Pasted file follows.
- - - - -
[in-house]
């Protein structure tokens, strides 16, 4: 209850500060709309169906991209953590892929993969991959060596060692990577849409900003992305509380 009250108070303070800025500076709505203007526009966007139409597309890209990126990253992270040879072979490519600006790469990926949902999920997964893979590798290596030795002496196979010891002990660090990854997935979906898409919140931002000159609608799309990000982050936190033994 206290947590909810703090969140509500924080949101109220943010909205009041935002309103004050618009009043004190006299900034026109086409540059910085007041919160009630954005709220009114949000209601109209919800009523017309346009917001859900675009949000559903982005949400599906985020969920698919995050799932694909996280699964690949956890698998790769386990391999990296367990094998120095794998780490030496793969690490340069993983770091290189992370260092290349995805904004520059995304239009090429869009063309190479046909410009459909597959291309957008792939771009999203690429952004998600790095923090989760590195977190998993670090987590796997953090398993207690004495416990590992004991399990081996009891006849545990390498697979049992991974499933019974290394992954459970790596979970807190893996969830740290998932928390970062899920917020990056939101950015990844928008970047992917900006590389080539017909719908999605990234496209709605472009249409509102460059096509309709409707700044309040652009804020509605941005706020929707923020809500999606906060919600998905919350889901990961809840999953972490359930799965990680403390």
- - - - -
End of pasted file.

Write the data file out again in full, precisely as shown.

[in-house]
């Protein structure tokens, strides 16, 4: 209850500060709309169906991209953590892929993969991959060596060692990577849409900003992305509380 009250108070303070800025500076709505203007526009966007139409597309890209990126990253992270040879072979490519600006790469990926949902999920997964893979590798290596030795002496196979010891002990660090990854997935979906898409919140931002000159609608799309990000982050936190033994 206290947590909810703090969140509500924080949101109220943010909205009041935002309103004050618009009043004190006299900034026109086409540059910085007041919160009630954005709220009114949000209601109209919800009523017309346009917001859900675009949000559903982005949400599906985020969920698919995050799932694909996280699964690949956890698998790769386990391999990296367990094998120095794998780490030496793969690490340069993983770091290189992370260092290349995805904004520059995304239009090429869009063309190479046909410009459909597959291309957008792939771009999203690429952004998600790095923090989760590195977190998993670090987590796997953090398993207690004495416990590992004991399990081996009891006849545990390498697979049992991974499933019974290394992954459970790596979970807190893996969830740290998932928390970062899920917020990056939101950015990844928008970047992917900006590389080539017909719908999605990234496209709605472009249409509102460059096509309709409707700044309040652009804020509605941005706020929707923020809500999606906060919600998905919350889901990961809840999953972490359930799965990680403390």